The Science Is Clear - 27 East


Southampton Press / Opinion / Letters / 1875442

The Science Is Clear

I watched the Southampton Village Board meeting of January 25 with great interest and was heartened to learn that the question of gas-powered leaf blowers is front and center on the minds of our village trustees.

At that meeting, it was announced that a task force is being formed to study the issue. Closed to the public, it will have members representing “both sides” in hopes of finding solutions that all can agree on.

I hope that the board will add, to its list of participating landscapers, at least one who is knowledgeable about best practices for promoting environmentally friendly goals. Tax credits, tutorials or grants to help landscapers make the switch to electric should be explored.

I have great respect for our local business community, including the landscapers making their living here. They certainly can’t be blamed for using gas-powered leaf blowers, which revolutionized the speed and efficiency of yard maintenance.

A petition signed by 50 village residents was recently submitted to the village asking that gas-powered leaf blowers be banned. The idea, sometimes floated, of a compromise that might involve lengthening the window of the ban would not, in the view of many of us, be a good solution, as it would not substantially change the amount of overall emissions, but would, rather, concentrate their release in a more compressed time frame.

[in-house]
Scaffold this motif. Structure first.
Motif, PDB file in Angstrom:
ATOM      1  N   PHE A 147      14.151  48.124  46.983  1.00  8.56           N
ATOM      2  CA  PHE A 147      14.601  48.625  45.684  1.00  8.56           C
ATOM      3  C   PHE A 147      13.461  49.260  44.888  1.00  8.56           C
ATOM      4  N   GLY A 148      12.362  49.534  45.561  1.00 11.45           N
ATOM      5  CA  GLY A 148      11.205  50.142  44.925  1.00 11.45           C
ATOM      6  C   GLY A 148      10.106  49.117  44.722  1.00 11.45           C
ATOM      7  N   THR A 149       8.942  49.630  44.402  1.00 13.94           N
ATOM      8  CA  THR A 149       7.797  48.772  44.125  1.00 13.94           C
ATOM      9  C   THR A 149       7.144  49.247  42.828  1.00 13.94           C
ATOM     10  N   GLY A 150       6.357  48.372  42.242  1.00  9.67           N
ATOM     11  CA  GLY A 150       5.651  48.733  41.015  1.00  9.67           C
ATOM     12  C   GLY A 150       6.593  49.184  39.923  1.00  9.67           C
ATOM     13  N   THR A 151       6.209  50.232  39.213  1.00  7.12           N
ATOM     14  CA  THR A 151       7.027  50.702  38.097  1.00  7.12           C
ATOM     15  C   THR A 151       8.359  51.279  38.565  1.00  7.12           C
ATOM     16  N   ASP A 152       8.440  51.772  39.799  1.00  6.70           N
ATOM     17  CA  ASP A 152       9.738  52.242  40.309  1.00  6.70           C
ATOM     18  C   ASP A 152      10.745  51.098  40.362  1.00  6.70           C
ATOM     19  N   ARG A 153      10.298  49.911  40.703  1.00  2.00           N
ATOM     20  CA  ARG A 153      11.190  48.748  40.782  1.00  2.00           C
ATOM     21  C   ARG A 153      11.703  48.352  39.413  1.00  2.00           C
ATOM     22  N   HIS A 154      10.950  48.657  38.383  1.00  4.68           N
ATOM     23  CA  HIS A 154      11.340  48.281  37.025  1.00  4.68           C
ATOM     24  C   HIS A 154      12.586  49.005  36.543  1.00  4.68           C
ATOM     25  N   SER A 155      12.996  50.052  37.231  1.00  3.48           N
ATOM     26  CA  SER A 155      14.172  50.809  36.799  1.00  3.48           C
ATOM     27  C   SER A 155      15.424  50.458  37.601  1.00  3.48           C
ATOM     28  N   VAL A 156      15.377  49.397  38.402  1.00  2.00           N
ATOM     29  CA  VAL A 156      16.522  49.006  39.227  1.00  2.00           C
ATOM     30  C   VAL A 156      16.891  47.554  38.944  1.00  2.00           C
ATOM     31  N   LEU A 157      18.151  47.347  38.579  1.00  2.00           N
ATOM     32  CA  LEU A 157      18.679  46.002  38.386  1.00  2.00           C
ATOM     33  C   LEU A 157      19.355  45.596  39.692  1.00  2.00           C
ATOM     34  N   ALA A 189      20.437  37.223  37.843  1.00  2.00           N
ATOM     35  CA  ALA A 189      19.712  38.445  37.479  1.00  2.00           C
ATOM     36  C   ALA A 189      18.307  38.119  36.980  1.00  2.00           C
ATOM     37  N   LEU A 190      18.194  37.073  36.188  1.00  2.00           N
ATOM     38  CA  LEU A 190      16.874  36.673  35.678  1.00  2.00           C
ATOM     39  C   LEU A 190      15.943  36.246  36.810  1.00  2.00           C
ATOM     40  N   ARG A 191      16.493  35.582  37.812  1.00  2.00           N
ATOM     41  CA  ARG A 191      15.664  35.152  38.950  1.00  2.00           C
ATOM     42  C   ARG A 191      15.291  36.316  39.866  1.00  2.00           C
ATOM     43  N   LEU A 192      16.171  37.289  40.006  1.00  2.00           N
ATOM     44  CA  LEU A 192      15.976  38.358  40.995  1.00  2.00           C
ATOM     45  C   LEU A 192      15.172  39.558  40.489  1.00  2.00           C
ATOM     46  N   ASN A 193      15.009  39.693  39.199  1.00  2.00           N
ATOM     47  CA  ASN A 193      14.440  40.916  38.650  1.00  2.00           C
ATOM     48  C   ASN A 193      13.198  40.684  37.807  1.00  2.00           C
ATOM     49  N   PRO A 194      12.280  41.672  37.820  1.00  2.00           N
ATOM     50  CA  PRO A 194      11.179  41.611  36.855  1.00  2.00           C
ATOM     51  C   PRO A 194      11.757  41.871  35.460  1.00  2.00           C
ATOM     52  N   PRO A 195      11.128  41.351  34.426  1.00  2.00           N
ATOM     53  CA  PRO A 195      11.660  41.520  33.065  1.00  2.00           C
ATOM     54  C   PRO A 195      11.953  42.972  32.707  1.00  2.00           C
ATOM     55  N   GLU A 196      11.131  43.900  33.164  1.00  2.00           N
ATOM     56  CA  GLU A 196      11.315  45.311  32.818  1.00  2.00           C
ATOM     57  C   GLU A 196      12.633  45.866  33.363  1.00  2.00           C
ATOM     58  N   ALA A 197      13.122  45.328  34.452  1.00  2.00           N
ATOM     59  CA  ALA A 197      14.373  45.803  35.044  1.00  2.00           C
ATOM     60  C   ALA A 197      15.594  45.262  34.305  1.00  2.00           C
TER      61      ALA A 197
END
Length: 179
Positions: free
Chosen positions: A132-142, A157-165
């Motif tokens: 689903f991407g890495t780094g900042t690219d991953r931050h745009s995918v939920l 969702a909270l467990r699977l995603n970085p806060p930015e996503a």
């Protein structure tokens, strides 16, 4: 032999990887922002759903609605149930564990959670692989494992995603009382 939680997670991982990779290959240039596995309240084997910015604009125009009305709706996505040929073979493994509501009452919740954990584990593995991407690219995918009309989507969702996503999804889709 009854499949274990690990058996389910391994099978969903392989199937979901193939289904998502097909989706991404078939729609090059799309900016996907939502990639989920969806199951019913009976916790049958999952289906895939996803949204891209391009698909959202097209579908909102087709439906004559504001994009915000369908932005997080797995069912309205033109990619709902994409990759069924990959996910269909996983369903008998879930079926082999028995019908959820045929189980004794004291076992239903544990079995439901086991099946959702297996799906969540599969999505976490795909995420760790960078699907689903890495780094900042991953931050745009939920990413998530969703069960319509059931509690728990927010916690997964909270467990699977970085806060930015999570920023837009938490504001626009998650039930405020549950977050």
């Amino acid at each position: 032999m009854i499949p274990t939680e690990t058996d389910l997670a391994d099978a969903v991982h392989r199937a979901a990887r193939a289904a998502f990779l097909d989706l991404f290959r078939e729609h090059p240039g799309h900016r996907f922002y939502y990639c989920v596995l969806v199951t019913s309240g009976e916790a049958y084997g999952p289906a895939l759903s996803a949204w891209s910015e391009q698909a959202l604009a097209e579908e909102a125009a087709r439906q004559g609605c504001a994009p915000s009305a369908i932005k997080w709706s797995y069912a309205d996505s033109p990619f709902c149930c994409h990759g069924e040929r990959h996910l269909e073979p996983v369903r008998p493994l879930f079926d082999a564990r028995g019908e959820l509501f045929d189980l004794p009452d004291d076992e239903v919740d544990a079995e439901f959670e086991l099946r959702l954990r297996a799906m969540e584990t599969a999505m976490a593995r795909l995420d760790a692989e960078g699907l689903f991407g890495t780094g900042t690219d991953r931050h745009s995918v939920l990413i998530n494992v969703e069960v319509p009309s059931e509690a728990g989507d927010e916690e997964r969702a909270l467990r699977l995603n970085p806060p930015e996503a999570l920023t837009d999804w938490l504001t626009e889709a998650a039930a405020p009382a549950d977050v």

The science is settled: Two-stroke gasoline engines, simpler than today’s four-stroke car engines, are vastly less fuel efficient and produce emissions that are off the charts. For that reason, their use is already being widely phased out worldwide. In addition to the environmental harm they cause, they carry significant health hazards for the workers carrying them. And the continuous loud whining they produce wherever they are in use, which is everywhere in the village, is enough to drive anyone to distraction.

In short, many of us feel there is more than enough information about the harmful environmental, health, and quality-of-life consequences of these machines to move ahead with public hearings, followed by action from the Village Board.

I hope that the board’s ultimate decision will reflect the spirit of the Declaration of Climate Emergency adopted by that very body last year, which states that “the Village Board is committing to make climate mitigation and the elimination of greenhouse gas emissions a guiding principle and objective.”

Why not take this opportunity to wholeheartedly explore the ways in which we can become a model village?

Penelope Wright